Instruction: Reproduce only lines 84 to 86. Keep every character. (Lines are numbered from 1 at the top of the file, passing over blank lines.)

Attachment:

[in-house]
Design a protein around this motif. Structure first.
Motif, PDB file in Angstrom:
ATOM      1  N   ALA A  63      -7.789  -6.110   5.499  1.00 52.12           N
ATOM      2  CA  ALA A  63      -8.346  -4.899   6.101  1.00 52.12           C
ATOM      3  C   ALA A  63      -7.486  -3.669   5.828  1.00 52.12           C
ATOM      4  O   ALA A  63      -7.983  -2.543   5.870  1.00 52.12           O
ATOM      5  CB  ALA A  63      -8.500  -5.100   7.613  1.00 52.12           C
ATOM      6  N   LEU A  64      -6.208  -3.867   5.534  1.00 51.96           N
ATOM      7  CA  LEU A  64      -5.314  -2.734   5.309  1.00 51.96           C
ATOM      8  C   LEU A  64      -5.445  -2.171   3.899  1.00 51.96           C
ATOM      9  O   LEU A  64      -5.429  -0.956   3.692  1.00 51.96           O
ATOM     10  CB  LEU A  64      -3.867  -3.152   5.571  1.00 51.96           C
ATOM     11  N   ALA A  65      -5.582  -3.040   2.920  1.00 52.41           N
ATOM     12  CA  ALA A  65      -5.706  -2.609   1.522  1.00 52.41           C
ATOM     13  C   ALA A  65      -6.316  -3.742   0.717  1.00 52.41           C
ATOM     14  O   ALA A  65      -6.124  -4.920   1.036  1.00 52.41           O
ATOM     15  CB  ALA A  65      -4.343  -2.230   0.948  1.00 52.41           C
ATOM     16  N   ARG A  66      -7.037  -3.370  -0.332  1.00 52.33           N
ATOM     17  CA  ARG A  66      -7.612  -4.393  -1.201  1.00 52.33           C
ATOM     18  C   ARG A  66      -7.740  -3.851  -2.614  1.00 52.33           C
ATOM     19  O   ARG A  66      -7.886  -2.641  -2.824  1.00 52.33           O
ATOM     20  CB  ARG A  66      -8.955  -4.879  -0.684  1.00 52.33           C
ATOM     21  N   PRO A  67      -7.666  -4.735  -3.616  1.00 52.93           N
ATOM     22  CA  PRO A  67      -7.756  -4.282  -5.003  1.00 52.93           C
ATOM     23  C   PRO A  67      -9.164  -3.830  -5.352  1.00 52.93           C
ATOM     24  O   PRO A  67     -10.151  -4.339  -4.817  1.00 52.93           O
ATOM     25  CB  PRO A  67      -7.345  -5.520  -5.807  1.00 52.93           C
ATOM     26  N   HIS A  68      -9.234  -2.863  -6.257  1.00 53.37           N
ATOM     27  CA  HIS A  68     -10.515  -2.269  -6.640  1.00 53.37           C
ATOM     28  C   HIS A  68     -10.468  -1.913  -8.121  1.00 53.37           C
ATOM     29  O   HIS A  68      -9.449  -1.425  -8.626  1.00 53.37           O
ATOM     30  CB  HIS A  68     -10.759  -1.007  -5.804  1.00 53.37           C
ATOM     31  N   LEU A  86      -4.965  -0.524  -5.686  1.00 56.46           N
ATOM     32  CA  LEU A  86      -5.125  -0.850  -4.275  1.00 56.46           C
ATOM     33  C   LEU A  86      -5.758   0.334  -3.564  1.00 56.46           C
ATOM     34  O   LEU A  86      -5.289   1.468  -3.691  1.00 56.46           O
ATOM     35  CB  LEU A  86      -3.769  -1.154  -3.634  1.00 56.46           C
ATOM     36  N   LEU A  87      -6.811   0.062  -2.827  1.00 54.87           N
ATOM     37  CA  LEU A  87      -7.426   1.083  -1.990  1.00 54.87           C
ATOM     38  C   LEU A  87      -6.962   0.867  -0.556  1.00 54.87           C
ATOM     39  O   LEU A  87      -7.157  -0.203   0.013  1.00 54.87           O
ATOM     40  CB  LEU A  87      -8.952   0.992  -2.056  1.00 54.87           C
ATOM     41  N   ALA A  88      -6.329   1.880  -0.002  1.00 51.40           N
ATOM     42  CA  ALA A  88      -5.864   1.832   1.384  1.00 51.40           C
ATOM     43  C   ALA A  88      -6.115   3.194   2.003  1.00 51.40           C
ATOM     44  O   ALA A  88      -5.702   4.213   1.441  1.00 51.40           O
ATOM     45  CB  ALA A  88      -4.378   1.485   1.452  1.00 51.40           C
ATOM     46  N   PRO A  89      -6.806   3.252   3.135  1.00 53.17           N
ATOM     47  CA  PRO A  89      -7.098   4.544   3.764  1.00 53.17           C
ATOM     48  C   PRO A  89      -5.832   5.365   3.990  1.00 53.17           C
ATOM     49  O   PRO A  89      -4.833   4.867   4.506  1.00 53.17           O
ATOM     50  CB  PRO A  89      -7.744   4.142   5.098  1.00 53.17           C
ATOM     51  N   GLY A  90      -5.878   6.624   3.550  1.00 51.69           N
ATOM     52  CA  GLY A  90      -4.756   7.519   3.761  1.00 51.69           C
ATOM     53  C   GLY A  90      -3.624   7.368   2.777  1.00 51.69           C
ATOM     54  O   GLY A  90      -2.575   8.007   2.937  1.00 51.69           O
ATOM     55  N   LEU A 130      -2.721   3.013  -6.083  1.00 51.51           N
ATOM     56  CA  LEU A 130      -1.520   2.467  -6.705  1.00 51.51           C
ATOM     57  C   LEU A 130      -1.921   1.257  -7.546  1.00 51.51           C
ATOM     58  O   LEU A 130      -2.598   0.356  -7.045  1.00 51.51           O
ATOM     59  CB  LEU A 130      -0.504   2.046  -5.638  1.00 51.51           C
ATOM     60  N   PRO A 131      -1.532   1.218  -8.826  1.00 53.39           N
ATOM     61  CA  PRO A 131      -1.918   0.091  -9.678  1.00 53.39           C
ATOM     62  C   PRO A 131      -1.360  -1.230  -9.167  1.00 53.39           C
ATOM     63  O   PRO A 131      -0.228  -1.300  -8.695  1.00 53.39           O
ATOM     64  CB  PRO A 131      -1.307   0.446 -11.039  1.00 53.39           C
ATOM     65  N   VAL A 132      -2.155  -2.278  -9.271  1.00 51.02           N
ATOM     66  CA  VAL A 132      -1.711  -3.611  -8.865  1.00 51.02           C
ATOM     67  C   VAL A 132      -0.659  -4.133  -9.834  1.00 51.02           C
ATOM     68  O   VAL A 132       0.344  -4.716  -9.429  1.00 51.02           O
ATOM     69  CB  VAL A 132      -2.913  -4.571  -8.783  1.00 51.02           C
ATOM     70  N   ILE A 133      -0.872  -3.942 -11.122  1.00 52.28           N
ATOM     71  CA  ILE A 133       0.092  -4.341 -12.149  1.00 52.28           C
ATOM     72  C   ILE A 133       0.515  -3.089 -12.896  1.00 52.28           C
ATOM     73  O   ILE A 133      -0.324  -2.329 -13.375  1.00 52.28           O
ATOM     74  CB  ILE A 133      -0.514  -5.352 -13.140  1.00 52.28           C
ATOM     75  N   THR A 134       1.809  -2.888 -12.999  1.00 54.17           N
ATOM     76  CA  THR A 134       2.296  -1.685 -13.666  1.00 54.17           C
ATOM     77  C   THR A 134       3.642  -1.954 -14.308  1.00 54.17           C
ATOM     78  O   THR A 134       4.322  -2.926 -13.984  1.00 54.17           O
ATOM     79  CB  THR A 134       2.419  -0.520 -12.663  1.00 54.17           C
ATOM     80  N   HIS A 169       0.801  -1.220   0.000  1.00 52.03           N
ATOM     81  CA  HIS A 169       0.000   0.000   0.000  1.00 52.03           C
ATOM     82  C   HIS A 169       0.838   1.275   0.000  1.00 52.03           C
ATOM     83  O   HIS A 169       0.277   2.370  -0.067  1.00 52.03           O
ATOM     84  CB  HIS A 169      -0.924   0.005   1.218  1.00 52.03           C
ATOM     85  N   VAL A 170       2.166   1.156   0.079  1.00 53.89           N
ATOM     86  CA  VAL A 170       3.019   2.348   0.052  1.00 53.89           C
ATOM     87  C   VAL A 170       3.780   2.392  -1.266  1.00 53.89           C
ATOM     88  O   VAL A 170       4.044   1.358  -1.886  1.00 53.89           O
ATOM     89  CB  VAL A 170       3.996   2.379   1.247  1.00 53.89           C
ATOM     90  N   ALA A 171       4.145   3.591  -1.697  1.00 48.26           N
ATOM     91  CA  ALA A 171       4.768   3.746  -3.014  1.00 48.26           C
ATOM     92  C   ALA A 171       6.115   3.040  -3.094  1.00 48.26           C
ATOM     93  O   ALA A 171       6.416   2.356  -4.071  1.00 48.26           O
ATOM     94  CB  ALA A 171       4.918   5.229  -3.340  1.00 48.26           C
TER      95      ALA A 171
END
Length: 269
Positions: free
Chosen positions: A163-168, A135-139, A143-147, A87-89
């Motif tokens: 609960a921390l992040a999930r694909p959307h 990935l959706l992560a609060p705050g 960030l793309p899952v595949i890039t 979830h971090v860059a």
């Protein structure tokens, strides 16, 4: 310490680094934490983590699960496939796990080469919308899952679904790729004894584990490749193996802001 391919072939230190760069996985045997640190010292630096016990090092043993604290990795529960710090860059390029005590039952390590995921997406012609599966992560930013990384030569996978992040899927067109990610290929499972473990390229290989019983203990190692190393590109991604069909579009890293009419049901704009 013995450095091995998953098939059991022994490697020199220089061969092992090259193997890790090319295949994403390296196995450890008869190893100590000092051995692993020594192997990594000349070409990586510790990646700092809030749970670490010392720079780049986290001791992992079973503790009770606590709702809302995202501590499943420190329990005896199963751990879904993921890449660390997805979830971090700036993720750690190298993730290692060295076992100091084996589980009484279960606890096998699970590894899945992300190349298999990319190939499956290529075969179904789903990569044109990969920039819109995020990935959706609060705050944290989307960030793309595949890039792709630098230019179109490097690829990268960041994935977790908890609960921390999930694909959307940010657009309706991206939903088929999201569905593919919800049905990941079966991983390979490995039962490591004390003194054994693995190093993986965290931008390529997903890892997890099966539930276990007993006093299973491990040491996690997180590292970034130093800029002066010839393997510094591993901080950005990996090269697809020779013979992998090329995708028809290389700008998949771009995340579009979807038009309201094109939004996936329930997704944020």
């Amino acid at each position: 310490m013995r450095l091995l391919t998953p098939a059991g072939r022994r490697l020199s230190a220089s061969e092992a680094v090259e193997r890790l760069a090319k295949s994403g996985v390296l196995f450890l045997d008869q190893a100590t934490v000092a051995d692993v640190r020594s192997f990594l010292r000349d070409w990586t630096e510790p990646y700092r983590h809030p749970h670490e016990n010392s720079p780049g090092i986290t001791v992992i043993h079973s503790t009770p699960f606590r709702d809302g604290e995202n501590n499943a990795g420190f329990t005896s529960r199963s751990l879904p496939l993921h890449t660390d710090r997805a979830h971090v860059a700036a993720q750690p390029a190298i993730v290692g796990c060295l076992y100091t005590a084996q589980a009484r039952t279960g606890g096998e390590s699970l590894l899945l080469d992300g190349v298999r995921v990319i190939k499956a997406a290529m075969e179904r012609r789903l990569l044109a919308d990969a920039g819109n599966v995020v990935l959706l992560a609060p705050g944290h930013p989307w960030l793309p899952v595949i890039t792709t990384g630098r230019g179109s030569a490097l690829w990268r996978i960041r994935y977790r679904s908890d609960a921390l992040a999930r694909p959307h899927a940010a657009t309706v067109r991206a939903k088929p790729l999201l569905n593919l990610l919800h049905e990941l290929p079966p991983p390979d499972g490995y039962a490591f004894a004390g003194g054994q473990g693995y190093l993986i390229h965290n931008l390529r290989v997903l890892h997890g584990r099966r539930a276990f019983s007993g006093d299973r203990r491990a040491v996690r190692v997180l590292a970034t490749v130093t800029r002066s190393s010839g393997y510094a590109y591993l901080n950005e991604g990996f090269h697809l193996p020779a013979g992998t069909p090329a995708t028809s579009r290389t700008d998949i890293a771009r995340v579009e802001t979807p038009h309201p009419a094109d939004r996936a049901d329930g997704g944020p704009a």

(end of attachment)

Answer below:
ATOM     81  CA  HIS A 169       0.000   0.000   0.000  1.00 52.03           C
ATOM     82  C   HIS A 169       0.838   1.275   0.000  1.00 52.03           C
ATOM     83  O   HIS A 169       0.277   2.370  -0.067  1.00 52.03           O